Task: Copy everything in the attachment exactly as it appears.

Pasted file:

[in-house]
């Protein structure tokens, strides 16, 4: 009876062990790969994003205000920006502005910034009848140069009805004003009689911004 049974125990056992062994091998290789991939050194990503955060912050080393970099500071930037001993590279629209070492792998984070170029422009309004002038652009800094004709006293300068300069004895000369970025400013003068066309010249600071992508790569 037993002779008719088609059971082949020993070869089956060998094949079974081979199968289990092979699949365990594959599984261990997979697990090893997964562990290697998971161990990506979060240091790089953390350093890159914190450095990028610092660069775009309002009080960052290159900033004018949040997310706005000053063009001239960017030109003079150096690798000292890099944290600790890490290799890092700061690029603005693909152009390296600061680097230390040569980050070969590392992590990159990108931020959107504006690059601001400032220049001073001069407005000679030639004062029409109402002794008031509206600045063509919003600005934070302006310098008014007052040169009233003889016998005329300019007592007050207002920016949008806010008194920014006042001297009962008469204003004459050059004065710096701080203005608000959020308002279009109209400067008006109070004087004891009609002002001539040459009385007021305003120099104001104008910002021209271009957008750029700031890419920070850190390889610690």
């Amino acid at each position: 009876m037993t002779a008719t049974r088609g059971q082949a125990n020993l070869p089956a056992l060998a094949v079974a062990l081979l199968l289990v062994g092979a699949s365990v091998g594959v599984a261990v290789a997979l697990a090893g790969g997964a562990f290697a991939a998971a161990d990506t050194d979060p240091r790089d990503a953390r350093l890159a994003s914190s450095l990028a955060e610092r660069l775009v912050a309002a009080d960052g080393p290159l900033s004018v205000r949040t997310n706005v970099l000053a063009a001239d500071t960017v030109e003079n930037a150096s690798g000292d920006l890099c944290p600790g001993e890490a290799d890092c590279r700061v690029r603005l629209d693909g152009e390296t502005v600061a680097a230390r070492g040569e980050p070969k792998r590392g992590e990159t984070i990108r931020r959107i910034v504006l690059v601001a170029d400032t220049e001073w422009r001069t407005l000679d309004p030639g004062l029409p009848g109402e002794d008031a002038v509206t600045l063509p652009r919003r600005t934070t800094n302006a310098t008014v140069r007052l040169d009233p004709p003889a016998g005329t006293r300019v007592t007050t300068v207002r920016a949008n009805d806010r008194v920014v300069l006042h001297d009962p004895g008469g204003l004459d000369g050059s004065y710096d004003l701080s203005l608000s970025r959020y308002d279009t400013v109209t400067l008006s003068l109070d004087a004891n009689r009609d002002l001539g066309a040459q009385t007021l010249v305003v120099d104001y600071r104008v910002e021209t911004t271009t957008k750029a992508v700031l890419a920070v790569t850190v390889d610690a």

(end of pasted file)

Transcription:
[in-house]
């Protein structure tokens, strides 16, 4: 009876062990790969994003205000920006502005910034009848140069009805004003009689911004 049974125990056992062994091998290789991939050194990503955060912050080393970099500071930037001993590279629209070492792998984070170029422009309004002038652009800094004709006293300068300069004895000369970025400013003068066309010249600071992508790569 037993002779008719088609059971082949020993070869089956060998094949079974081979199968289990092979699949365990594959599984261990997979697990090893997964562990290697998971161990990506979060240091790089953390350093890159914190450095990028610092660069775009309002009080960052290159900033004018949040997310706005000053063009001239960017030109003079150096690798000292890099944290600790890490290799890092700061690029603005693909152009390296600061680097230390040569980050070969590392992590990159990108931020959107504006690059601001400032220049001073001069407005000679030639004062029409109402002794008031509206600045063509919003600005934070302006310098008014007052040169009233003889016998005329300019007592007050207002920016949008806010008194920014006042001297009962008469204003004459050059004065710096701080203005608000959020308002279009109209400067008006109070004087004891009609002002001539040459009385007021305003120099104001104008910002021209271009957008750029700031890419920070850190390889610690």
């Amino acid at each position: 009876m037993t002779a008719t049974r088609g059971q082949a125990n020993l070869p089956a056992l060998a094949v079974a062990l081979l199968l289990v062994g092979a699949s365990v091998g594959v599984a261990v290789a997979l697990a090893g790969g997964a562990f290697a991939a998971a161990d990506t050194d979060p240091r790089d990503a953390r350093l890159a994003s914190s450095l990028a955060e610092r660069l775009v912050a309002a009080d960052g080393p290159l900033s004018v205000r949040t997310n706005v970099l000053a063009a001239d500071t960017v030109e003079n930037a150096s690798g000292d920006l890099c944290p600790g001993e890490a290799d890092c590279r700061v690029r603005l629209d693909g152009e390296t502005v600061a680097a230390r070492g040569e980050p070969k792998r590392g992590e990159t984070i990108r931020r959107i910034v504006l690059v601001a170029d400032t220049e001073w422009r001069t407005l000679d309004p030639g004062l029409p009848g109402e002794d008031a002038v509206t600045l063509p652009r919003r600005t934070t800094n302006a310098t008014v140069r007052l040169d009233p004709p003889a016998g005329t006293r300019v007592t007050t300068v207002r920016a949008n009805d806010r008194v920014v300069l006042h001297d009962p004895g008469g204003l004459d000369g050059s004065y710096d004003l701080s203005l608000s970025r959020y308002d279009t400013v109209t400067l008006s003068l109070d004087a004891n009689r009609d002002l001539g066309a040459q009385t007021l010249v305003v120099d104001y600071r104008v910002e021209t911004t271009t957008k750029a992508v700031l890419a920070v790569t850190v390889d610690a």